My 20 yr.old son is giving up

Discussion in 'Substance Abuse' started by Woriedmom, Jun 11, 2014.

  1. Woriedmom

    Woriedmom Member

    My son is only 20, he's been smoking pot since he was 16 yrs.old. Within the last 2 weeks my husband ( his step-dad ) kicked him out of our house. My son now has 2 pending arrest in 2 separate counties. He was arrested in one county, had a small hearing with the town court which that judge gave him an A.R.D. form to take for his trial with the county judge, this meant my son basically had a free pass to only be on probation. Well...he screwed it up by getting arrested about a week ago in a different county. He went to that hearing which was postponed. My husband and I checked online and there is a warrant for his arrest. My son was basically "out on bail" when arrested twice. My son has been living house to house I found out yesterday that most nights he has to stay on a couch that is as dirty as you can imagine. He said it was a couch that girls get paid to have sex with guys on...so you can imagine. I'm only being descriptive so you can understand the depth of what I'm going through as a mom and what my son is choosing to do to himself. Sometime last week he said to me "whatever happens happens mom". He honestly doesn't care if he goes to jail. I think he wants to go there. Does anyone else have a son who feels this way? My son says he's not happy with his life. I keep telling him I love him but he has failed to follow the rules of the house, staying out all night, getting high...etc.. There is a way he can get help though.While awaiting for the police to come get him.. He could try to get into a recovery house so that when he does stand before the judge he can at least look like he was trying to get help. My son won't listen, he has given up. Of course my husband doesn't care, he's just glad my son doesn't live in our house ...or as he likes to put it "His House" . Is there ever a time that jail is the best thing? I'm going out of my mind with this. I will add that we are Christians and I know that Jesus has his hand upon this whole situation so is it okay for me to let go of trying to get in the way of what God might be trying to do? I feel so sad, My husband sleeps on the couch as I cry myself to sleep at night over my son. ...here comes that all time favorite that I hear parents ask themselves... "Where did I go wrong"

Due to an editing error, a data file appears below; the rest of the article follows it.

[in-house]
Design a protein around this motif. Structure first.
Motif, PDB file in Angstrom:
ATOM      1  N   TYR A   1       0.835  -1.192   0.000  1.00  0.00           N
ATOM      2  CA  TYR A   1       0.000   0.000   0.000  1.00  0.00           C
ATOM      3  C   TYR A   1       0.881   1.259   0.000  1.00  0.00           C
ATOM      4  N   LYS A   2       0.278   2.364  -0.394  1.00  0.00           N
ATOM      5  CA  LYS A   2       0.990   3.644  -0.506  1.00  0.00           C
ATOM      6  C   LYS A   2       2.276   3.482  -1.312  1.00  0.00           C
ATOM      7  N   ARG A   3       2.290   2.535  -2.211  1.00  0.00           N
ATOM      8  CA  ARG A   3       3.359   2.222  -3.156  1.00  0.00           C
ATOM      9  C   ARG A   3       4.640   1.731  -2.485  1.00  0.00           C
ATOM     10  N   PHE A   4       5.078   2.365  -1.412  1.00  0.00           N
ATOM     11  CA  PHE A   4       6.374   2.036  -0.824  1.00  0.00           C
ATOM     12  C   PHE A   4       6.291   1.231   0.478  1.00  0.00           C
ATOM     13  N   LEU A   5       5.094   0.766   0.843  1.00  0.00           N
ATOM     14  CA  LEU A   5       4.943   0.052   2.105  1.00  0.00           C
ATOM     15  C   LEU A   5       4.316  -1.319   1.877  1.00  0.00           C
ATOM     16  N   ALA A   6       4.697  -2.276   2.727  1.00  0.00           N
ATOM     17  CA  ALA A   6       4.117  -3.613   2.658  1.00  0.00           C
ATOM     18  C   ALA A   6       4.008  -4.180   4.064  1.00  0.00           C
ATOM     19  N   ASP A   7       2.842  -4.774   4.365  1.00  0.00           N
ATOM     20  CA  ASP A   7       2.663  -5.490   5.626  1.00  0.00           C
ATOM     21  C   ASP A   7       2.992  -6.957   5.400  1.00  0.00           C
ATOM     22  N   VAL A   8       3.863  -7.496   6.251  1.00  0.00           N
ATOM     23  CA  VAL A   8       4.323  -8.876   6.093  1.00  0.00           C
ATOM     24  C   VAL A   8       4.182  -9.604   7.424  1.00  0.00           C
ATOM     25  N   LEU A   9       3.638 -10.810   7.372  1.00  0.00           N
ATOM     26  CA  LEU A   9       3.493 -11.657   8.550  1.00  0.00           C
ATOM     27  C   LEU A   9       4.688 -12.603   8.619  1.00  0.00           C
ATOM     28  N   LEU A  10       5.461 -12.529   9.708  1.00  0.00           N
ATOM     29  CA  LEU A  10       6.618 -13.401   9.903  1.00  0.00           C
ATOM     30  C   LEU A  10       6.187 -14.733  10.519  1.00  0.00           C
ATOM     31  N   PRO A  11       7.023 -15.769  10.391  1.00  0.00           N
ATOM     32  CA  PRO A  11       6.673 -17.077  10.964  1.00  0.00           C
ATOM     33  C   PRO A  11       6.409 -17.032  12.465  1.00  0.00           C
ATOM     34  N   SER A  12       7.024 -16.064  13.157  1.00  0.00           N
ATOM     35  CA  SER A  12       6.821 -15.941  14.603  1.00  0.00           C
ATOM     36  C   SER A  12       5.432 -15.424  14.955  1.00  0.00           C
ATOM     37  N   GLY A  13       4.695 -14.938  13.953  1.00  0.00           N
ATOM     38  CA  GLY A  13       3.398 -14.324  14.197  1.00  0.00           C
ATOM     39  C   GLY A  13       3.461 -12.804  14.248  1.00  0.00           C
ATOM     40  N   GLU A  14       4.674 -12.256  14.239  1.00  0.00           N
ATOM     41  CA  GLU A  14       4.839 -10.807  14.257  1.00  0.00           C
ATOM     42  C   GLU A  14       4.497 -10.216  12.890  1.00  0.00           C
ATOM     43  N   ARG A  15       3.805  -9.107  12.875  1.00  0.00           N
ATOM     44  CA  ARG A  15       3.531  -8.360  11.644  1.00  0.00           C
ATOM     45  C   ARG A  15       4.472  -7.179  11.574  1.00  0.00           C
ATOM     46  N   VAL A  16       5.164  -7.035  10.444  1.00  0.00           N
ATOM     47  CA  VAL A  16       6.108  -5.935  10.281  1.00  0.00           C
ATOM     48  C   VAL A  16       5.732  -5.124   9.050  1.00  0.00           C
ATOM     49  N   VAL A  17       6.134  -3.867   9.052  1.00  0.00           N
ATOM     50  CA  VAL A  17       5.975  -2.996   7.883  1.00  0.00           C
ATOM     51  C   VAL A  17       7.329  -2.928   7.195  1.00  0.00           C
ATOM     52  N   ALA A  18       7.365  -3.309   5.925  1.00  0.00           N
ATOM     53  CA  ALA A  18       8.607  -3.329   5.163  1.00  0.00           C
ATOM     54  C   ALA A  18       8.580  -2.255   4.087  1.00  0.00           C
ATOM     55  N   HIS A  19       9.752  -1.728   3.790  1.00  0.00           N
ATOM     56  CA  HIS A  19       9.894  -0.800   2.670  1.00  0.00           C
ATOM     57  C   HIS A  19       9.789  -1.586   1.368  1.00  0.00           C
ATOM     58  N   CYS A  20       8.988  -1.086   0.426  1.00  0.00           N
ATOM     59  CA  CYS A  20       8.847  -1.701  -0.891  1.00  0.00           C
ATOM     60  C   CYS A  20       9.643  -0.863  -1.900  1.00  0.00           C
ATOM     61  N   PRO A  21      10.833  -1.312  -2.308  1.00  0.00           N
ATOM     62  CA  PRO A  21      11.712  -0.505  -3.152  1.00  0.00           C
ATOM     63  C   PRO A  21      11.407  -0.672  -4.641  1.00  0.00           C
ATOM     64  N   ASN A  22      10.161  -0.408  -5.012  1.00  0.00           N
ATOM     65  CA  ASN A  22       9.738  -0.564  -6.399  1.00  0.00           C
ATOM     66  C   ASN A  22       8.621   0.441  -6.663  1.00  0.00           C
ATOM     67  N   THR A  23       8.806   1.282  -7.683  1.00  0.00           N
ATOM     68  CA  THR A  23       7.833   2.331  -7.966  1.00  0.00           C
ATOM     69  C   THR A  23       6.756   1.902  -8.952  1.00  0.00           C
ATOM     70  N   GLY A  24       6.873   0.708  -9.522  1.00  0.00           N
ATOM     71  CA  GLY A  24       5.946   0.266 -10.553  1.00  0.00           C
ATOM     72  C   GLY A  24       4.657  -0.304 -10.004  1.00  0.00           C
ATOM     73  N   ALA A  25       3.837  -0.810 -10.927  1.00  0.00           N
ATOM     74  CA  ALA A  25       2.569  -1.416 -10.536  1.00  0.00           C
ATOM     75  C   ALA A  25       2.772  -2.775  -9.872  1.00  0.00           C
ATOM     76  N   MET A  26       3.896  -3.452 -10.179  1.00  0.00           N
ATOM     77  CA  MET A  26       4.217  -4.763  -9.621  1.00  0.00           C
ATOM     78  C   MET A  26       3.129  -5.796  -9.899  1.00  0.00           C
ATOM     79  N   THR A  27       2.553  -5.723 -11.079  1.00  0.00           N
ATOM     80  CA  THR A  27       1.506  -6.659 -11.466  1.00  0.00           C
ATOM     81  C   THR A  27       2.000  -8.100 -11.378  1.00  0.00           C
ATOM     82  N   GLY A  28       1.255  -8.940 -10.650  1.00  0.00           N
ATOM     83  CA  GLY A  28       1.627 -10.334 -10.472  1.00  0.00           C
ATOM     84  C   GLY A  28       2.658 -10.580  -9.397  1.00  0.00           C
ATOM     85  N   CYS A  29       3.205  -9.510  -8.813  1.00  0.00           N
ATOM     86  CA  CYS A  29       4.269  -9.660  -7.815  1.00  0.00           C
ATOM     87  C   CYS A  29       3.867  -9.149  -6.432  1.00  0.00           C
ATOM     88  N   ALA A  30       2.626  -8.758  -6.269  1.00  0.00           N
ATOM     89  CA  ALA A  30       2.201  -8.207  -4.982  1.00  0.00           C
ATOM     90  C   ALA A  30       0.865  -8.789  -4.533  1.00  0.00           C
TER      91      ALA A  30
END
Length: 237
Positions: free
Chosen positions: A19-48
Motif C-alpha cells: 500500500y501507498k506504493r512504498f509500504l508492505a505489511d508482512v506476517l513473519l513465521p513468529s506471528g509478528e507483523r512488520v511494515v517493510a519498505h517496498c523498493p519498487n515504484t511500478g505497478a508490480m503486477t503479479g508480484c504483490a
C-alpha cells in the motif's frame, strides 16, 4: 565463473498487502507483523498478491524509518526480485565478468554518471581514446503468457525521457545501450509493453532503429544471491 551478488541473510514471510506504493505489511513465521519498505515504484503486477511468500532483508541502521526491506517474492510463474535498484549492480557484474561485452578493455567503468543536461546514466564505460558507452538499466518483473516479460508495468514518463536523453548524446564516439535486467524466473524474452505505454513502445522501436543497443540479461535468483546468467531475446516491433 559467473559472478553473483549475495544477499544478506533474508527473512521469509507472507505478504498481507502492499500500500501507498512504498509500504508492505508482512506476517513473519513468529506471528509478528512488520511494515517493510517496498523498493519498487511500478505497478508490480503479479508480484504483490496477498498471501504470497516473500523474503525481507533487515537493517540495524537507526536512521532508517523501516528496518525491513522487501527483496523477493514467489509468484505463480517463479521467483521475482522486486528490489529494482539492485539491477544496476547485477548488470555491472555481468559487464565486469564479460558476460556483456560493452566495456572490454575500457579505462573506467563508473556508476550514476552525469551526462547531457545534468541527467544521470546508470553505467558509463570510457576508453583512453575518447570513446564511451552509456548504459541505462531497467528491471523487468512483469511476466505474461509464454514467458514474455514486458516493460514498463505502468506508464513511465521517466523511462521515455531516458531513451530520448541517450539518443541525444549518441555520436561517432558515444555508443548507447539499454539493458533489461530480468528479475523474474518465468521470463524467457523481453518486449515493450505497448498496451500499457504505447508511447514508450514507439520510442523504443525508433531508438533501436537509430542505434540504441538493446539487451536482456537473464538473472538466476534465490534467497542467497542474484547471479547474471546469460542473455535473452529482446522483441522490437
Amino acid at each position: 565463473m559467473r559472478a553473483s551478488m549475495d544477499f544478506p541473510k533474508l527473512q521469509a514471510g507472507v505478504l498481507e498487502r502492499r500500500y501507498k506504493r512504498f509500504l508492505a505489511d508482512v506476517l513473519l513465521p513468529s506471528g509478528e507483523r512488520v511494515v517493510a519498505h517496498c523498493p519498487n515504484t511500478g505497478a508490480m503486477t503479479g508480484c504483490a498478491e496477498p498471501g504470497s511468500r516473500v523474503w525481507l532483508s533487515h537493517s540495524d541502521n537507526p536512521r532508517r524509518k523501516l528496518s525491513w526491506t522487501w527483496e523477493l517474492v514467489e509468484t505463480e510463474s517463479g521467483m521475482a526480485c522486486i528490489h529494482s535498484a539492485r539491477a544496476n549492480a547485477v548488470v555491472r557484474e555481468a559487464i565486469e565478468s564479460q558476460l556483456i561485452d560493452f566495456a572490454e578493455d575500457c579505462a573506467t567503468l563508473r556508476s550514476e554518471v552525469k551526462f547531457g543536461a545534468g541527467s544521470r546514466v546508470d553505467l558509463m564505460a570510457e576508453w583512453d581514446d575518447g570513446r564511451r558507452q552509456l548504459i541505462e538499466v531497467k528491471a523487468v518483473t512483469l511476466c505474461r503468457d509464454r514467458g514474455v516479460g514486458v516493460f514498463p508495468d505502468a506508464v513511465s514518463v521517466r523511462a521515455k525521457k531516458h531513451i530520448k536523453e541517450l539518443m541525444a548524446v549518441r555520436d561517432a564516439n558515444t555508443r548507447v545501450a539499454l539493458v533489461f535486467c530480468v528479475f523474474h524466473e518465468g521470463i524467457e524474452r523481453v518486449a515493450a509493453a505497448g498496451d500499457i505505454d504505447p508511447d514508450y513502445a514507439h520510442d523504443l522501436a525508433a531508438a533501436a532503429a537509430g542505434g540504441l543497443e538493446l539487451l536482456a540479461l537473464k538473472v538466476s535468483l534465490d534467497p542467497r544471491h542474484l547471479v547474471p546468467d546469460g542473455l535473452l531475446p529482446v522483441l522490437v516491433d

Last edited: Jun 11, 2014
  2. SomewhereOutThere

    SomewhereOutThere Well-Known Member

    You probably gave your son all the love in the world. It was his decisions that are making things worse for him. Most of us have reasonable house rules: Clean up your room, help a little with chores, no illegal activities, get a job or go to school, be a decent person and get along with the family. That's really not much or hard for most eighteen and older young adults. Most do it.

    Now for a difficult child. For some reason, mental illness, drug abuse (usually both), personality disorders (very difficult to get help for), our difficult children have a private war against society and rules, ours and the world at large. They need help, but have an attitude about getting help and their main goal is to stay a child, make us feel bad, trick us into funding mostly their drug use (although they were guilt us out and say it's for food or clothes, etc.) and have no problem with lying. Then they act puzzled, at least to us, when they end up in serious trouble and want us to pay their way out of the trouble, but rarely do they learn from our kindness. And, yes, jail is good for some kids. They are able to think and are apart from their bad influences, although there are plenty of new bad influences in jail. However, the outcome is up to him. It doesn't seem as if he is very interested in obeying the rules, even though there is a warrant for his arrest. What can you do about it?
    Not much. We've all tried to change our difficult children. Mine is 36. He was a problem from toddlerhood. He is still a problem. I am more able to deal with it and accept it now. I'm tired of it and tired of him when he is in a bad mood. You have a journey to walk and nobody knows where that journey will take you.

    Your husband is rightfully very angry at your son who is breaking the law repeatedly. Why shouldn't he be angry? He knows your son can do better. Unless your son is cognitively disabled or physically handicapped, he CAN do better. And there is help out there for him. He is choosing to not do better. Suicide threats are common with difficult children. Sadly, none of us can be sure they won't do it, but I've been on this board for over a decade and don't recall any of the posters having had that happen, although difficult children use that all the time as the ultimate "do what I want you to do or else." It can be a form of controlling us, but my son stopped doing it because I started calling 911 whenever he did. It was the only thing I could do to help him if he was serious about it. I don't think he ever was serious about it though.

    Likely your son is using more drugs than just pot.

    I will leave you with my favorite bit of wisdom. Since you are a Christian, it should make a lot of sense to you, and, really, you've probably heard it before, but try to analyze it. It is wisdom in three lines.

    God grant me the SERENITY to accept the things I can not change,
    the COURAGE to change the things I can,
    and the WISDOM to know the diference.
     
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  3. Childofmine

    Childofmine trying to do this thing one day at a time Staff Member

    I know, Deborah. We all know on this board.